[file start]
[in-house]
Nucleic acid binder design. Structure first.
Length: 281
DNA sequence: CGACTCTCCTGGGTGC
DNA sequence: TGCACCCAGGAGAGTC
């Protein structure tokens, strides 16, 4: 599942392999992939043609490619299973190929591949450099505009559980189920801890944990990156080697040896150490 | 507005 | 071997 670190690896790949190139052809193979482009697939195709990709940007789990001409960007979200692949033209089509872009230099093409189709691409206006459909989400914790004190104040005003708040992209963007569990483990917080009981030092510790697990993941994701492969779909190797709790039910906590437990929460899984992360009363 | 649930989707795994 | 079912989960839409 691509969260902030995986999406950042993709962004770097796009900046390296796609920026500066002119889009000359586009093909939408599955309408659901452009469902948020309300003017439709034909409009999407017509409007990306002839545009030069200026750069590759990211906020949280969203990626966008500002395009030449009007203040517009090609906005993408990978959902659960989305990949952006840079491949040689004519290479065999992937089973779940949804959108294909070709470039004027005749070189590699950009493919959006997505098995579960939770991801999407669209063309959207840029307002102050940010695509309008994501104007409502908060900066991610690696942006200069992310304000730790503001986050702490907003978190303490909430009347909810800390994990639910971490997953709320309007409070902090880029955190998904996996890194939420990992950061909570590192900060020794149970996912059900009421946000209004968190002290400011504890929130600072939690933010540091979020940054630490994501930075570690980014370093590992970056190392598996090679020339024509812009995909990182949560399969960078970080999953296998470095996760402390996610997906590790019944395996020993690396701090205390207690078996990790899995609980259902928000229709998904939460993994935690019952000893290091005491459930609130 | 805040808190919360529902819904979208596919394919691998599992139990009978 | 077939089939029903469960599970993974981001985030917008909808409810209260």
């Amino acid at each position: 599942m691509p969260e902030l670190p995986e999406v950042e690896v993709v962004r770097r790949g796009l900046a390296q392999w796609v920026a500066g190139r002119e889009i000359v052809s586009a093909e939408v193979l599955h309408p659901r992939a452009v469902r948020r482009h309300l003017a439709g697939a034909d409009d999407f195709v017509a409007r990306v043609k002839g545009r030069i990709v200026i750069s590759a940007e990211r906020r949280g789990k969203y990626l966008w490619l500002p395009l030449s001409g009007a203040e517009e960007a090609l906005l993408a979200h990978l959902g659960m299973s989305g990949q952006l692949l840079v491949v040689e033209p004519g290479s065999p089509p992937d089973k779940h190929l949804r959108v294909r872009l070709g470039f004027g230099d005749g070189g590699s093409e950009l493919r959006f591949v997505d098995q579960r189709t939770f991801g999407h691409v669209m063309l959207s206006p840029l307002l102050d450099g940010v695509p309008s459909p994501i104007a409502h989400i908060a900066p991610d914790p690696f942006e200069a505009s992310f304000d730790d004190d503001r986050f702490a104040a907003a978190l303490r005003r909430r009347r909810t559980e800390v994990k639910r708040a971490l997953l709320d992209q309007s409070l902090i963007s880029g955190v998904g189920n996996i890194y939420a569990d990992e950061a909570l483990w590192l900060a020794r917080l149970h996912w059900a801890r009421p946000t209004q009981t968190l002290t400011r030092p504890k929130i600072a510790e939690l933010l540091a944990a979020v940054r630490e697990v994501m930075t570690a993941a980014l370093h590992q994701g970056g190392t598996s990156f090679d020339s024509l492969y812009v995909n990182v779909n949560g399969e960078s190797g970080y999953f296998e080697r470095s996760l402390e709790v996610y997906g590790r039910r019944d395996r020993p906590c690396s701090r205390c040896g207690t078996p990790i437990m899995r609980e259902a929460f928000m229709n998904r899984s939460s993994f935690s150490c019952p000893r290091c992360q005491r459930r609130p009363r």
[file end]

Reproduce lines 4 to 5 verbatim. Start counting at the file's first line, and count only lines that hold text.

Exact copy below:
DNA sequence: CGACTCTCCTGGGTGC
DNA sequence: TGCACCCAGGAGAGTC